Books Briefly Noted
Adamson, Glenn (2005). Industrial strength design: How Brooks Stevens shaped your world.
Cambridge, MA: The MIT Press. ISBN 0-262-51186-X, pb, $25.
Designed Brooks Stevens created thousands of ingenious and beautiful designs for industrial
and household products – including a clothes dryer with a window in the front, a wide-mouthed
peanut butter jar, and the Oscar Meyer Wienermobile. In 1954 he coined the phrase ‘planned
obsolescence,’ defining it as ‘instilling in the buyer the desire to own something a little newer,
a little better, a little sooner than is necessary.’ This book, the first publication to document his
work, includes 250 illustrations of designs by Stevens and his firm, many in color, detailed stud-
ies of individual designs, interpretive essays, a description of the Brooks Stevens Archive at the
Milwaukee Art Museum, and several key writings by Stevens himself.
Cobb, James C., William Stueck, Eds. (2005). Globalization and the American South. Athens, GA:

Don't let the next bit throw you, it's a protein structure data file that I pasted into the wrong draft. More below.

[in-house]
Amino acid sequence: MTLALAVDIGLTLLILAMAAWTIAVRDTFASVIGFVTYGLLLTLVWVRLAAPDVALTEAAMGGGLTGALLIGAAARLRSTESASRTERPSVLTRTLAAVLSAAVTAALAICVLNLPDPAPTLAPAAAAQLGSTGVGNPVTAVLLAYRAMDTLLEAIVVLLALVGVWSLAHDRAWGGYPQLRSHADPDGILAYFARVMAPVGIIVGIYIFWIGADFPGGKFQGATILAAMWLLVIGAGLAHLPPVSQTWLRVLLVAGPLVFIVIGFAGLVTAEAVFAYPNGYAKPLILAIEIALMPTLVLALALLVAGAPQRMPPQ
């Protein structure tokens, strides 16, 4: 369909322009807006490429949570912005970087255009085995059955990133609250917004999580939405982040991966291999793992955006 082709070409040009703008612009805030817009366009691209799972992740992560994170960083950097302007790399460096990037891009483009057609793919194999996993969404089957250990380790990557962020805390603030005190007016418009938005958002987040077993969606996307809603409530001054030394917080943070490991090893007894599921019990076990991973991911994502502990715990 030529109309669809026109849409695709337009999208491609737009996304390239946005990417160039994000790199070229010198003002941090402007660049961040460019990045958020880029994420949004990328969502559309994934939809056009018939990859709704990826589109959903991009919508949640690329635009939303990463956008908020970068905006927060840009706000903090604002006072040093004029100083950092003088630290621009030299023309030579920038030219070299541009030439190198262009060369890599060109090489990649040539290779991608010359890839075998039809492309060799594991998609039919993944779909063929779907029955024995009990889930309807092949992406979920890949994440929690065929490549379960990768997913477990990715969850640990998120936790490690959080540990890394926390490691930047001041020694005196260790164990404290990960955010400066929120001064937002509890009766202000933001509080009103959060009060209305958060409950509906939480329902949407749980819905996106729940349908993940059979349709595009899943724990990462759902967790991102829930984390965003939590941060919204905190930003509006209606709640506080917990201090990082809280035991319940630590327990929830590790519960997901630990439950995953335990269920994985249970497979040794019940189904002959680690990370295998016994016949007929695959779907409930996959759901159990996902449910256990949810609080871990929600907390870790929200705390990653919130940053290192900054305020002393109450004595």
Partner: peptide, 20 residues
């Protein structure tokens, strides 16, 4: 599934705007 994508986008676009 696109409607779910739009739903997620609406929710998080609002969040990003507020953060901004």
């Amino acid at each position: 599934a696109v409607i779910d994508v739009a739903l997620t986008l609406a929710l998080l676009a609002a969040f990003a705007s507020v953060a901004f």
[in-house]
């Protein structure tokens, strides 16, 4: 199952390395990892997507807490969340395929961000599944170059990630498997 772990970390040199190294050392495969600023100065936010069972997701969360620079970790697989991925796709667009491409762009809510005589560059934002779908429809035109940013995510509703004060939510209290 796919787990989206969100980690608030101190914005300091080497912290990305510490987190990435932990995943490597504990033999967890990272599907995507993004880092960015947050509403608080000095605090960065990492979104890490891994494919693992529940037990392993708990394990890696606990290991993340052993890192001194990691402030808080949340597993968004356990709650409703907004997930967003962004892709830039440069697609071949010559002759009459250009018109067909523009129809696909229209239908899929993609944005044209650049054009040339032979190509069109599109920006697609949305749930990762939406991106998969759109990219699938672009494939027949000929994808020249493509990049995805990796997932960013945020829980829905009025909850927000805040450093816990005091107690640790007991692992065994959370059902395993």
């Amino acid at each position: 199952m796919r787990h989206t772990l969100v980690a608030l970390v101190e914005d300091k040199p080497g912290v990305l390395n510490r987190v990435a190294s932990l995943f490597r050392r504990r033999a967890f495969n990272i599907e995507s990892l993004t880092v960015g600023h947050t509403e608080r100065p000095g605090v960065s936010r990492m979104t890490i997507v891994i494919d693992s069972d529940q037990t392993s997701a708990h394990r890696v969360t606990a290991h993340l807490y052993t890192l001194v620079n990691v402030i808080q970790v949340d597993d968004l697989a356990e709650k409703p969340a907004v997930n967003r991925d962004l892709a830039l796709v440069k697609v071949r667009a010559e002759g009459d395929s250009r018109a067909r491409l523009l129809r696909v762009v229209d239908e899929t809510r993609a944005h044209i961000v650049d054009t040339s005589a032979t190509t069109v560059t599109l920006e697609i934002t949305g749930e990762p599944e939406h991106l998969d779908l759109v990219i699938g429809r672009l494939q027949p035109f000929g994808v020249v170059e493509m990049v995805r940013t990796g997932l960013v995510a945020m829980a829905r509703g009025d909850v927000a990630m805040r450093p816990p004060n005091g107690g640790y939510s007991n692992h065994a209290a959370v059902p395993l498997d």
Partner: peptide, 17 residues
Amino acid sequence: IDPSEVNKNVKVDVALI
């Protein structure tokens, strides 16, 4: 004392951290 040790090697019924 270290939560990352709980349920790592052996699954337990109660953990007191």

University of Georgia Press. ISBN 0-8203-2648-8, pb, $19.95.
In 1955 the Fortune 500 list of America’s largest corporations included just 18 with
headquarters in the Southeast. By 2002 the number had grown to 123. In fact, the South attracted
more than half of the foreign businesses drawn to the United States in the 1990s. The eight
original essays collected here consider this stunning dynamism in ways that help us see anew
the region’s place in that ever accelerating transnational flow of people, capital, and technology
known collectively as “globalization.” Moving between local and global perspectives, the essays
discuss how once faraway places including Latin America, Asia, Africa, and the Indian
Subcontinent are now having an impact on the South. Indeed, global forces not only are reshaping
the South also are adapting to and exploiting its peculiarities. Although the new ethnic food
section at the local Winn-Dixie is one manifestation of globalization, so too is the wide-ranging